Weak rand, relaxation of water curbs expected to give holiday season bookings new impetus
Every cloud has a silver lining. And in the world of international tourism, it is the weak rand and rainy skies that are bringing a silvery gleam to the Western Cape.
The advantage of the declining rand, say property experts, is locals are likely to swop expensive overseas holidays for domestic trips, while more foreign travellers will hit our shores enjoying for value-for-money breaks.
In addition, rising dam levels and the coming slight relaxation in water restrictions are also likely to put Cape Town on the holiday map for the summer season. But can Cape Town get her groove back after a lacklustre 2017/2018 holiday season?
Yes and no, say short-term letting estate agents and other experts. The Cape Chamber of Commerce believes it will take hard work to “get the message out to tourists so we can revive this sector”.
“Unfortunately the drought and the Day Zero story made people look elsewhere for holiday destinations. They may have liked the alternatives, so we will have to fight hard to get the business back,” says Janine Myburgh, president of the chamber.
However, like other agents, Lisa Hendricks and Debra Levin, rental specialists for Lew Geffen Sotheby’s International Realty on the Atlantic Seaboard, are positive this will be a better year.
“We certainly are expecting an upsurge in people wanting to visit Cape Town this year as regular visitors won’t stay away for long. This applies equally to international visitors, who have skipped a year of visiting the Western Cape. The odds lie strongly on their boosting local tourism with an expected influx of international visitors for the 2018/2019 period.”
Many agents are expecting a flurry of late bookings. “A large percentage of bookings for the peak summer season usually take place mid-year, but at that point the region was still unsure what, or if, there would be sufficient rainfall. This affected bookings,” says Corinne Ras from Knight Frank Letting, Atlantic Seaboard.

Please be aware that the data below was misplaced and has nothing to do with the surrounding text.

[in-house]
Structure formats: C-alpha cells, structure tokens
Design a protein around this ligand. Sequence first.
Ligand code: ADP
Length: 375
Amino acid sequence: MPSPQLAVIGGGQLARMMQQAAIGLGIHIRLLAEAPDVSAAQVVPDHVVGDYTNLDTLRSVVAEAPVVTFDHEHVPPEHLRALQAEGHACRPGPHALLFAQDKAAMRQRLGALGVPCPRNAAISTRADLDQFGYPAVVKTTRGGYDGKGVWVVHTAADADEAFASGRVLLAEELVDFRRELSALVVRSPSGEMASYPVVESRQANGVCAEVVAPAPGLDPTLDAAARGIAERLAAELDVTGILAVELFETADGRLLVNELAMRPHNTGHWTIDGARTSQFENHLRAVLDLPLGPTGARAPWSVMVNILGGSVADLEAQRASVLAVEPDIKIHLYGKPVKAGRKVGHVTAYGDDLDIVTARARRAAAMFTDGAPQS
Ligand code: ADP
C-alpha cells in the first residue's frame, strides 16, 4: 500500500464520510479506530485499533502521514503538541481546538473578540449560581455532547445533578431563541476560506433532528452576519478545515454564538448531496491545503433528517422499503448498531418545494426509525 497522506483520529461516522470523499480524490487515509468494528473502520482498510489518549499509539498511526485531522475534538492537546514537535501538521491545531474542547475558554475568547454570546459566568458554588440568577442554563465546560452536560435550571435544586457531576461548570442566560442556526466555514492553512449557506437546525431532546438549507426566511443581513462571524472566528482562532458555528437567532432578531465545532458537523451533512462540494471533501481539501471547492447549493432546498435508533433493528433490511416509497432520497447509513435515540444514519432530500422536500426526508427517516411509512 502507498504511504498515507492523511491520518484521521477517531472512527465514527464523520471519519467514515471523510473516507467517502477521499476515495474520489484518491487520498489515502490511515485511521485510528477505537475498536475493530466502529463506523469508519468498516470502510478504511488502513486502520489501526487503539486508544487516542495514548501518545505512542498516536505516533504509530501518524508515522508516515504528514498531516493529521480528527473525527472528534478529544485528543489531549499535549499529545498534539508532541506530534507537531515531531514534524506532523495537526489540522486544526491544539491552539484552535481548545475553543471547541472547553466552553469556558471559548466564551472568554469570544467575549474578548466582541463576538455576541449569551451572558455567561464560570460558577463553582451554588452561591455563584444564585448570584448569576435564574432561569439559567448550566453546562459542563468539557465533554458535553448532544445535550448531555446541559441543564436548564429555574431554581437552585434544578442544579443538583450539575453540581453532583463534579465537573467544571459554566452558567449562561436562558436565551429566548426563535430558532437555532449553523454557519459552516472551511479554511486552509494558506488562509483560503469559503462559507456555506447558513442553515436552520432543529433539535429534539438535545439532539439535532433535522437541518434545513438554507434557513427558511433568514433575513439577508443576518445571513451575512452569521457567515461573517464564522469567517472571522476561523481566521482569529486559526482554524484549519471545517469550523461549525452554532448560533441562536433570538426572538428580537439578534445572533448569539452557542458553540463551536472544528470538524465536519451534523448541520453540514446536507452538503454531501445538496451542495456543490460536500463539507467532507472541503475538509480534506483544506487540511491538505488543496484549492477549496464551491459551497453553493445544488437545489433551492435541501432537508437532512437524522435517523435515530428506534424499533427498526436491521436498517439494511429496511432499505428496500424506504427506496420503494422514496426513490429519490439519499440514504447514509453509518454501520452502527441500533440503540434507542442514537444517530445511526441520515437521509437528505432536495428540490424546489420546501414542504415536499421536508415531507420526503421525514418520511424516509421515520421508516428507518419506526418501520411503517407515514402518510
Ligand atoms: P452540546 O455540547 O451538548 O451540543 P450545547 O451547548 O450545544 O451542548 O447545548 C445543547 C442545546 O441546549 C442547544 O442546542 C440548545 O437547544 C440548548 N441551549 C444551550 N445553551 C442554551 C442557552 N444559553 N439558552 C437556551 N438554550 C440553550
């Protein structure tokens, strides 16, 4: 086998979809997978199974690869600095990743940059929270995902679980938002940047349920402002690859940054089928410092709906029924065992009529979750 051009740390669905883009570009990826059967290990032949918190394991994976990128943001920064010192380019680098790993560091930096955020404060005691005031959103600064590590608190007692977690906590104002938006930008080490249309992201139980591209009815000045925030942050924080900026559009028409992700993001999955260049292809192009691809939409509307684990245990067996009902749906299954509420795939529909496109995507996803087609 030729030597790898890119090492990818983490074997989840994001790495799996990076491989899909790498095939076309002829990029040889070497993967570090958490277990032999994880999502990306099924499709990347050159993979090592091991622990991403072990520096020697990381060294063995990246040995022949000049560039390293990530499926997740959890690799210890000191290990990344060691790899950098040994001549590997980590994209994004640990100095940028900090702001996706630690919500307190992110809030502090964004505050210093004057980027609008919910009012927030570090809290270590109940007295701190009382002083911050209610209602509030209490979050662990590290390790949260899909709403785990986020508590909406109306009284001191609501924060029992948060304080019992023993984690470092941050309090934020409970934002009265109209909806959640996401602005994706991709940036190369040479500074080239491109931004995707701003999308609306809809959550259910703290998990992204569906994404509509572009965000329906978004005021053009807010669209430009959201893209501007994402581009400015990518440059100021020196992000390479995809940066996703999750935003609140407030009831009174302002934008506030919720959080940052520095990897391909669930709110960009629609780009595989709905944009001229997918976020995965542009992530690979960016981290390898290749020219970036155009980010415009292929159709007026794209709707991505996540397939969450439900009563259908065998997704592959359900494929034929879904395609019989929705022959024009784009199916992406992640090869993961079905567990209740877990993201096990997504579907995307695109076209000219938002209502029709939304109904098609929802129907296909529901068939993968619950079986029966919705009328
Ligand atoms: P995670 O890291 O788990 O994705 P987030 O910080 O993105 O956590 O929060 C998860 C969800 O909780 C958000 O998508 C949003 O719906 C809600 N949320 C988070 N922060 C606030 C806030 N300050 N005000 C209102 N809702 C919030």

“However, there has since been surprisingly positive rainfall with water restrictions to be slightly eased from October 1. I believe the positive approach from Capetonians
to save water and the great rainfall we have had has set us up for a positive turn in our province, so tourism for 2019 will no doubt improve.
“That coupled with the weak rand gives foreigners a good deal when holidaying in South Africa. There will always be last-minute bookers who come to Cape Town, but the industry will remain rather flat compared to previous years.”
Natalie Muller, sales and rentals manager for Seeff Atlantic Seaboard, Waterfront & City Bowl, says while it is probably still too early to say whether Cape Town will have a better tourist season than last year, “we are definitely being kept busy with rentals in the holiday market”.
“Cape Town will always be a top South Africa tourist city and the good rainfall and rising dam levels will no doubt mean those who stayed away due to concerns about water will be back this year.”
She agrees the strength of the pound and the euro relative to the rand will “no doubt see an increase in European and UK visitors to the Cape as it has so much to offer during summer”.
“Consider, for example, that the rand has lost just over 10% of its value compared to the pound and euro and 20% to the dollar – that means foreigners get 10% to 20% more value now in South Africa.”
Holiday-makers love it here
The Atlantic Seaboard suburbs in particular will be in high demand this summer. “These areas cater to a wide range of holiday-makers, not just the top-end luxury tourists who will pay millions to stay here. You can find plenty of apartments from as little as R2 500 a day.” – Seeff
Constantia: “Constantia has also become a popular area for holiday lets, especially with families from the UK. Most booking inquiries average between R20 000 and R30 000 a day.” – Dogon
Other areas: Muizenberg/False Bay, Blouberg/Melkbosstrand, Yzerfontein and Langebaan on the West Coast, and on the other side of False Bay, Pringle Bay/Rooi Els, Kleinmond and Betties Bay, Hermanus and on to the Southern Cape towards Gansbaai, Arniston, Witsand and, of course, the Garden Route and Eastern Cape holiday towns, are all expecting a good summer holiday and tourist season. – Seeff’s agents across the Western Cape.
Rental pricing: Pressure to ease
Ben Shaw, chief executive of rental disruptor HouseME, predicts long-term rental pricing pressure will continue to trend for another year. But he believes summer should bring some reprieve for landlords as Airbnb briefly absorbs letting supply into the short-term holiday market.
With Day Zero successfully held off, Cape Town should see an increase in demand for holiday lets, which both boosts short and long-term rentals.
This will allow for more balanced rental price negotiation between November and February as short-term units remain off the long-market while rented to holiday-makers.
Shaw says this is likely to be in sharp contrast to most of the year when local tenants held the cards and forced major price corrections.